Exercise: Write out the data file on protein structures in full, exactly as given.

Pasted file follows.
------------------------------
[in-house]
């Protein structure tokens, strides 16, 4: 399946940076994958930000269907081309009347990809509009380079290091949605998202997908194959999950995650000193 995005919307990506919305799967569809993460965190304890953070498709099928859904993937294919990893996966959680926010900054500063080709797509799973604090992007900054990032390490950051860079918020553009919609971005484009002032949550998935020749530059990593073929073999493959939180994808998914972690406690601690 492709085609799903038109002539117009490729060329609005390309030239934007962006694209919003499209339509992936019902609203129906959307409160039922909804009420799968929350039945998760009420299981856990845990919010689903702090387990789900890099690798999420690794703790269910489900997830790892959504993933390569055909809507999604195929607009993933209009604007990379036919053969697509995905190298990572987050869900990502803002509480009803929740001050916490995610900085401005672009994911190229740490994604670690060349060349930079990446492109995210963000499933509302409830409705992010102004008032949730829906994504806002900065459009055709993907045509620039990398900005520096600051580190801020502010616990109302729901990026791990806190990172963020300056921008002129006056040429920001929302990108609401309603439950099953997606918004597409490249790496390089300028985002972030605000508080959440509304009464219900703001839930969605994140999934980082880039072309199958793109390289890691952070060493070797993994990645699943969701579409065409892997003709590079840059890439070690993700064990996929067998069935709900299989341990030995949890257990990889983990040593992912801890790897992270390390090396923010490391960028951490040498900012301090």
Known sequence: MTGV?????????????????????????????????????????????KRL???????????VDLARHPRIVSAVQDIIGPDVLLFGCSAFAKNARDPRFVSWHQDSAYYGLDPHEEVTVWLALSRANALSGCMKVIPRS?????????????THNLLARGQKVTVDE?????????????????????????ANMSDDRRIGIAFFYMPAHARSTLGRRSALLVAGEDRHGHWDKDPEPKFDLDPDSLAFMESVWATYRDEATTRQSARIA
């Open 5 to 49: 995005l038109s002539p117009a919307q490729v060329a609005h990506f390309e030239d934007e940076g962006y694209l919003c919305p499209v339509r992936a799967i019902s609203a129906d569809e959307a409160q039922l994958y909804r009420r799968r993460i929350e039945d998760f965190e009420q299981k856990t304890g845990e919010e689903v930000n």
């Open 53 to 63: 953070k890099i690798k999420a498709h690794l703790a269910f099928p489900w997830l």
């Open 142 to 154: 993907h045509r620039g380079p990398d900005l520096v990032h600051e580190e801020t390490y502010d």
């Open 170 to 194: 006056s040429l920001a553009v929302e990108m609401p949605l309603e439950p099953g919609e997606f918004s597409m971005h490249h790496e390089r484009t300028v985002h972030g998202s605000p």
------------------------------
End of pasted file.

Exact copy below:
[in-house]
């Protein structure tokens, strides 16, 4: 399946940076994958930000269907081309009347990809509009380079290091949605998202997908194959999950995650000193 995005919307990506919305799967569809993460965190304890953070498709099928859904993937294919990893996966959680926010900054500063080709797509799973604090992007900054990032390490950051860079918020553009919609971005484009002032949550998935020749530059990593073929073999493959939180994808998914972690406690601690 492709085609799903038109002539117009490729060329609005390309030239934007962006694209919003499209339509992936019902609203129906959307409160039922909804009420799968929350039945998760009420299981856990845990919010689903702090387990789900890099690798999420690794703790269910489900997830790892959504993933390569055909809507999604195929607009993933209009604007990379036919053969697509995905190298990572987050869900990502803002509480009803929740001050916490995610900085401005672009994911190229740490994604670690060349060349930079990446492109995210963000499933509302409830409705992010102004008032949730829906994504806002900065459009055709993907045509620039990398900005520096600051580190801020502010616990109302729901990026791990806190990172963020300056921008002129006056040429920001929302990108609401309603439950099953997606918004597409490249790496390089300028985002972030605000508080959440509304009464219900703001839930969605994140999934980082880039072309199958793109390289890691952070060493070797993994990645699943969701579409065409892997003709590079840059890439070690993700064990996929067998069935709900299989341990030995949890257990990889983990040593992912801890790897992270390390090396923010490391960028951490040498900012301090």
Known sequence: MTGV?????????????????????????????????????????????KRL???????????VDLARHPRIVSAVQDIIGPDVLLFGCSAFAKNARDPRFVSWHQDSAYYGLDPHEEVTVWLALSRANALSGCMKVIPRS?????????????THNLLARGQKVTVDE?????????????????????????ANMSDDRRIGIAFFYMPAHARSTLGRRSALLVAGEDRHGHWDKDPEPKFDLDPDSLAFMESVWATYRDEATTRQSARIA
């Open 5 to 49: 995005l038109s002539p117009a919307q490729v060329a609005h990506f390309e030239d934007e940076g962006y694209l919003c919305p499209v339509r992936a799967i019902s609203a129906d569809e959307a409160q039922l994958y909804r009420r799968r993460i929350e039945d998760f965190e009420q299981k856990t304890g845990e919010e689903v930000n």
């Open 53 to 63: 953070k890099i690798k999420a498709h690794l703790a269910f099928p489900w997830l």
């Open 142 to 154: 993907h045509r620039g380079p990398d900005l520096v990032h600051e580190e801020t390490y502010d």
């Open 170 to 194: 006056s040429l920001a553009v929302e990108m609401p949605l309603e439950p099953g919609e997606f918004s597409m971005h490249h790496e390089r484009t300028v985002h972030g998202s605000p």